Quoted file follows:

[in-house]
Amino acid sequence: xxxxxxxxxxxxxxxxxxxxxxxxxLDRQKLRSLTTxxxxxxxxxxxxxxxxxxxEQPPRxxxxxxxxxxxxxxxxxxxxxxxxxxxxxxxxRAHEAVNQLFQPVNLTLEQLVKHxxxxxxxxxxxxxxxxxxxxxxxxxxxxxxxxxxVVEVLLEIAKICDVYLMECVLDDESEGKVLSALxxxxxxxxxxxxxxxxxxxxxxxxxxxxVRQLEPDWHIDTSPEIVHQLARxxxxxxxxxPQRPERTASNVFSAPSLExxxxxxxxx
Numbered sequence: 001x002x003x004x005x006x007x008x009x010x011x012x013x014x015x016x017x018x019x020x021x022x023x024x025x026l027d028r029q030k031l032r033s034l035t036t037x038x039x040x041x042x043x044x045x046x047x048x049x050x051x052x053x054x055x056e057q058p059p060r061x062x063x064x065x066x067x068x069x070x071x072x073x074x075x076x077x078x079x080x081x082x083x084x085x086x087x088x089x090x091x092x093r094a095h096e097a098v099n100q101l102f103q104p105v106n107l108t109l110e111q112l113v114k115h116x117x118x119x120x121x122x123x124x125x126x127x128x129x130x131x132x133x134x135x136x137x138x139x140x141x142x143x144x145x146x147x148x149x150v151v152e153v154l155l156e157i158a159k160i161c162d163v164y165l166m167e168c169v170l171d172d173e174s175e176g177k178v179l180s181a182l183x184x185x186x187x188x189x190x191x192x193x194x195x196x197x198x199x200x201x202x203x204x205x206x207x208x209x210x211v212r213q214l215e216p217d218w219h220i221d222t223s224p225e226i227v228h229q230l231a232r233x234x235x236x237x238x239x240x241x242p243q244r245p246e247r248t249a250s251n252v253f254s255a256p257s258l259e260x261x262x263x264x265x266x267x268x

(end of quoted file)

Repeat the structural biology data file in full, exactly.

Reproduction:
[in-house]
Amino acid sequence: xxxxxxxxxxxxxxxxxxxxxxxxxLDRQKLRSLTTxxxxxxxxxxxxxxxxxxxEQPPRxxxxxxxxxxxxxxxxxxxxxxxxxxxxxxxxRAHEAVNQLFQPVNLTLEQLVKHxxxxxxxxxxxxxxxxxxxxxxxxxxxxxxxxxxVVEVLLEIAKICDVYLMECVLDDESEGKVLSALxxxxxxxxxxxxxxxxxxxxxxxxxxxxVRQLEPDWHIDTSPEIVHQLARxxxxxxxxxPQRPERTASNVFSAPSLExxxxxxxxx
Numbered sequence: 001x002x003x004x005x006x007x008x009x010x011x012x013x014x015x016x017x018x019x020x021x022x023x024x025x026l027d028r029q030k031l032r033s034l035t036t037x038x039x040x041x042x043x044x045x046x047x048x049x050x051x052x053x054x055x056e057q058p059p060r061x062x063x064x065x066x067x068x069x070x071x072x073x074x075x076x077x078x079x080x081x082x083x084x085x086x087x088x089x090x091x092x093r094a095h096e097a098v099n100q101l102f103q104p105v106n107l108t109l110e111q112l113v114k115h116x117x118x119x120x121x122x123x124x125x126x127x128x129x130x131x132x133x134x135x136x137x138x139x140x141x142x143x144x145x146x147x148x149x150v151v152e153v154l155l156e157i158a159k160i161c162d163v164y165l166m167e168c169v170l171d172d173e174s175e176g177k178v179l180s181a182l183x184x185x186x187x188x189x190x191x192x193x194x195x196x197x198x199x200x201x202x203x204x205x206x207x208x209x210x211v212r213q214l215e216p217d218w219h220i221d222t223s224p225e226i227v228h229q230l231a232r233x234x235x236x237x238x239x240x241x242p243q244r245p246e247r248t249a250s251n252v253f254s255a256p257s258l259e260x261x262x263x264x265x266x267x268x